Islam is more than ritualism; Quran teaches reasoning and logic, says new book

Islam is not confined to ritualistic prayers and appearances. A scientific study will unveil what is elaborated in the Quran and what is binding on all those who claim to be Muslims

Vishnu Makhijani Oct 19, 2020
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Islam is not confined to ritualistic prayers and appearances. A scientific study will unveil what is elaborated in the Quran and what is binding on all those who claim to be Muslims. To absorb this and put it into practice is what makes us good human beings, says noted educationist and science communicator Mohammad Aslam Parvaiz in a new book that aims at understanding the religion in a new "scientific" light.

"There is the blind belief among a majority of the Muslims that Islam is all about praying in mosques, fasting, giving 2.5 per cent of their earnings to charity for needy, called Zakat, and if one can afford it, a pilgrimage to Makkah. In contrast to this 'ritualism', the Quran gives so many binding instructions which are human-centric and teach its followers to be respectful and nice to all," Parvaiz told IANS in an interview of his book, "The Scientific Muslim - Understanding Islam in a New Light" (Konark).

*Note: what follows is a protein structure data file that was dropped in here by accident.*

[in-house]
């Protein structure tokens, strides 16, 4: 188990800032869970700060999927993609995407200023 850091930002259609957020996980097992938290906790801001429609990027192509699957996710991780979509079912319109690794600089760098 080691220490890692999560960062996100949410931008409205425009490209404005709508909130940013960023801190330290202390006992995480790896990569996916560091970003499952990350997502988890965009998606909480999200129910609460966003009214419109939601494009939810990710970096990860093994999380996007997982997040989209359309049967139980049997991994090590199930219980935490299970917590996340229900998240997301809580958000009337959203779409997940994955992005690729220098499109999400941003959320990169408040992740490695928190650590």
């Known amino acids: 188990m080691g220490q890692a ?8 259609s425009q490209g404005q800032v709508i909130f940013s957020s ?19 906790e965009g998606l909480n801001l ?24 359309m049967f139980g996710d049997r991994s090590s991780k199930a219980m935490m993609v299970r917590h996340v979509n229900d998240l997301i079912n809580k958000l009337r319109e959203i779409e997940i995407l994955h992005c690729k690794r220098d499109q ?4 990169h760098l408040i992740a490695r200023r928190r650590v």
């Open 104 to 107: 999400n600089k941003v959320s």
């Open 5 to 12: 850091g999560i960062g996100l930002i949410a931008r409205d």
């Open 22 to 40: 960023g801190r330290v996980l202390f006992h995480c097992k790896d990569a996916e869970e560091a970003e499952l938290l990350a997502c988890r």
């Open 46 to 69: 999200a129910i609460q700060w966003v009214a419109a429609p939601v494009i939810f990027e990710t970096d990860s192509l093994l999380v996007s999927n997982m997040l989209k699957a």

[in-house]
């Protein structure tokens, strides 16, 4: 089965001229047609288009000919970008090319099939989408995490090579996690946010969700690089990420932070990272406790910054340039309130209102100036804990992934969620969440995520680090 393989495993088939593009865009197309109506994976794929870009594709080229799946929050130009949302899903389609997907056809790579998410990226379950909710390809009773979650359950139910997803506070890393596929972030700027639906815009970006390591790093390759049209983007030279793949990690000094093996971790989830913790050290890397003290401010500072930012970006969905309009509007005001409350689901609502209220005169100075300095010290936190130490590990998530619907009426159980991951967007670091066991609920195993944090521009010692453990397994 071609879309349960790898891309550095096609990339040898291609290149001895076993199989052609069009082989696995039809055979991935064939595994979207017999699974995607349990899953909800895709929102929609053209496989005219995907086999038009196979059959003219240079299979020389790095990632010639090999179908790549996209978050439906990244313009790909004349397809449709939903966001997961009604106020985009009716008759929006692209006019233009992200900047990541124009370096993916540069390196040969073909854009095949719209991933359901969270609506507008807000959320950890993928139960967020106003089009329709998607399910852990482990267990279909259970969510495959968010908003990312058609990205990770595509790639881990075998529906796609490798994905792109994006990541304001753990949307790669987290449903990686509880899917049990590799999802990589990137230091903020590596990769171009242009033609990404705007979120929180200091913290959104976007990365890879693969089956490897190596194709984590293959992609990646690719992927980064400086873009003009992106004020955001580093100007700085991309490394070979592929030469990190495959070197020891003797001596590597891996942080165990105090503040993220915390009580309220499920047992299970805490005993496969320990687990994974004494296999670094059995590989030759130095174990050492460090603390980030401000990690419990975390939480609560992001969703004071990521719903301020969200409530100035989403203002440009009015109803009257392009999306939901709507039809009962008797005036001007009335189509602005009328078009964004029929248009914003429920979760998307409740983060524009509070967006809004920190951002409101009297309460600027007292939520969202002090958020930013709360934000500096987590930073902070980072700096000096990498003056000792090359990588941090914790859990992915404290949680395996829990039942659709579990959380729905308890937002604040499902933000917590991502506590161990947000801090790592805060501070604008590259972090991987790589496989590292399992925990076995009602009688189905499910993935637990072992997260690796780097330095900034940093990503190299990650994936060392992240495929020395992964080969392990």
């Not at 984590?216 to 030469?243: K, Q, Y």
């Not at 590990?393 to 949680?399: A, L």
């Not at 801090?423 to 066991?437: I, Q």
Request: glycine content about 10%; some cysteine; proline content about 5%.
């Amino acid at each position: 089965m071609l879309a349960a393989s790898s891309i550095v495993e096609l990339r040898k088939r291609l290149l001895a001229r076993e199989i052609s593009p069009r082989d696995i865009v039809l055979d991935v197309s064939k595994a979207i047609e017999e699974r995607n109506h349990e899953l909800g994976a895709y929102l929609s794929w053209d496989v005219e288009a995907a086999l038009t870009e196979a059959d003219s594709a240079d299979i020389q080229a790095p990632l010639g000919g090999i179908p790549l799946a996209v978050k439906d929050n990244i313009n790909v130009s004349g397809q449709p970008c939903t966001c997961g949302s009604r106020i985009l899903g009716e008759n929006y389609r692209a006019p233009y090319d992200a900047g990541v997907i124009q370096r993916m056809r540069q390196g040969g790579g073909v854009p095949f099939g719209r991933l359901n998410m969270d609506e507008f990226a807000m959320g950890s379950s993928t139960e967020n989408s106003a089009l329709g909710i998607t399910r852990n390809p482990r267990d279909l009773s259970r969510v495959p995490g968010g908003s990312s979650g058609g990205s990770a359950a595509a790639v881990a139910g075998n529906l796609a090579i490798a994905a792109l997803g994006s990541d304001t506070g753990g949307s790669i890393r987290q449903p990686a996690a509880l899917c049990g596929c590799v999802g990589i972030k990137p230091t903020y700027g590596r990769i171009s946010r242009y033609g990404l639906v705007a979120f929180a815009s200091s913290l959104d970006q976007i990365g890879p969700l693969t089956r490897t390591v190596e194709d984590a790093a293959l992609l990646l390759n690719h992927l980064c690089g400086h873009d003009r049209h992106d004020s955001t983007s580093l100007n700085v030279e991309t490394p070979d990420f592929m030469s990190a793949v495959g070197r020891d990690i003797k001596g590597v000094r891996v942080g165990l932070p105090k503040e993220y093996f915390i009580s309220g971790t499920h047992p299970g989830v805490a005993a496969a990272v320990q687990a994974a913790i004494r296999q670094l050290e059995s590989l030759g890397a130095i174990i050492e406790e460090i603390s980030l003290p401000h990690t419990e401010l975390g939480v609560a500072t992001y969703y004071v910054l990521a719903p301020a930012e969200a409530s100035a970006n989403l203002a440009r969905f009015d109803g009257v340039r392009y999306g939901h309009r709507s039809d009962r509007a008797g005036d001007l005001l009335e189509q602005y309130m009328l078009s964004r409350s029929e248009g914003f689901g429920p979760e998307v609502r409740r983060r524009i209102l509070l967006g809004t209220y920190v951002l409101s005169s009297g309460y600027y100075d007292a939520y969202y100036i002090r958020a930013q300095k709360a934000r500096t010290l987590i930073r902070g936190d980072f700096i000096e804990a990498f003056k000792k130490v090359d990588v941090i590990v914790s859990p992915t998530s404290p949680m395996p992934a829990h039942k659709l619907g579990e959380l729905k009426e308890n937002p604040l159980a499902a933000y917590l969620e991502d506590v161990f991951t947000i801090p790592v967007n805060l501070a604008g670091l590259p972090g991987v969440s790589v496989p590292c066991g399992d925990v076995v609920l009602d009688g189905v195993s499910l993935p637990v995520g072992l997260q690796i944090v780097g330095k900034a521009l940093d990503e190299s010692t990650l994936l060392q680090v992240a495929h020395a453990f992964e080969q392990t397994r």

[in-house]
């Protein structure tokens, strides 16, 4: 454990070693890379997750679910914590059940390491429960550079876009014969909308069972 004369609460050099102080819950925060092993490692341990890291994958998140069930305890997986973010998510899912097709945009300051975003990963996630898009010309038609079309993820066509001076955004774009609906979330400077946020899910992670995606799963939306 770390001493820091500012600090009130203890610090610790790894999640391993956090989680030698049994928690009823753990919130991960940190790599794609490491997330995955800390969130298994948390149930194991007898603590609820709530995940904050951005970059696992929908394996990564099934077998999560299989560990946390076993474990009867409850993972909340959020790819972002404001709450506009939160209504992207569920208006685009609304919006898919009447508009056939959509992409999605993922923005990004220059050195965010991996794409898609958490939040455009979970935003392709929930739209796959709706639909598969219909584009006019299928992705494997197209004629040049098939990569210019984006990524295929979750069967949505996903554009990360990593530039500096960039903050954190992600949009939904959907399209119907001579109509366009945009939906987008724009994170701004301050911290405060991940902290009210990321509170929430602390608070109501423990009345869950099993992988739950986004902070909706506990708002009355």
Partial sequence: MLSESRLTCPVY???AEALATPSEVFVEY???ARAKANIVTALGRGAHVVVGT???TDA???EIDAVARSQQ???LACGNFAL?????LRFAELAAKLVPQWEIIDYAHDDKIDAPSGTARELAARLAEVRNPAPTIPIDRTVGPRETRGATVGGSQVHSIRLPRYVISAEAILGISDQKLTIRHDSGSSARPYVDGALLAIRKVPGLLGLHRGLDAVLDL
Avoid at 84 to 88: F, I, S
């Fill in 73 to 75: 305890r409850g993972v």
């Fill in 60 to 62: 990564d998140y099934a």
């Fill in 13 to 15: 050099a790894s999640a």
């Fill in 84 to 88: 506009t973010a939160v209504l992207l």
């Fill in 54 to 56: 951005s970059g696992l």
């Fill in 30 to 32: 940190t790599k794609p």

"These commands are as binding as five-time prayers and so on, but are not followed because people don't understand the Quran and religious scholars rarely take them up as they have so many 'other' things to discuss in their sermons. The holistic message of Islam is much more than ritualism," Parvaiz, who has a doctorate in plant physiology from the AMU and is a former Vice-Chancellor of the Maulana Azad National Urdu University, Hyderabad, said.

For instance, of the 6,000-plus verses in the Quran, more than 700 exhort the people to study natural phenomena, to act on reason, to observe things carefully, and reflect on the whole scheme of things.

"Yet, there is no single platform which is shared by those who memorise the Quran, religious preachers and leaders to instruct and guide the community in this noble direction," the author said.

In the initial phase, he pointed out, people stuck to the Quran and as per its directives, strove to learn new things, learnt different languages, translated books into Arabic, established libraries and institutions like Sankore University (circa 1100) in Timbuktu, Mali, and the University of al-Qarawiyyin, established by a rich woman in Faiz, Morocco in 859, being just two examples.

"Later, for many reasons, including political, and emergence of clergy and their infighting for supremacy of their 'understanding and practice of Islam', people got divided along their followings of these clerics and focussed on the literature generated by them.

"The Quran got shelved and people followed what their clerics told them. They divided the education system into religious and worldly, religious seminaries flourished and 'devout' Muslims preferred them over contemporary education," Parvaiz explained.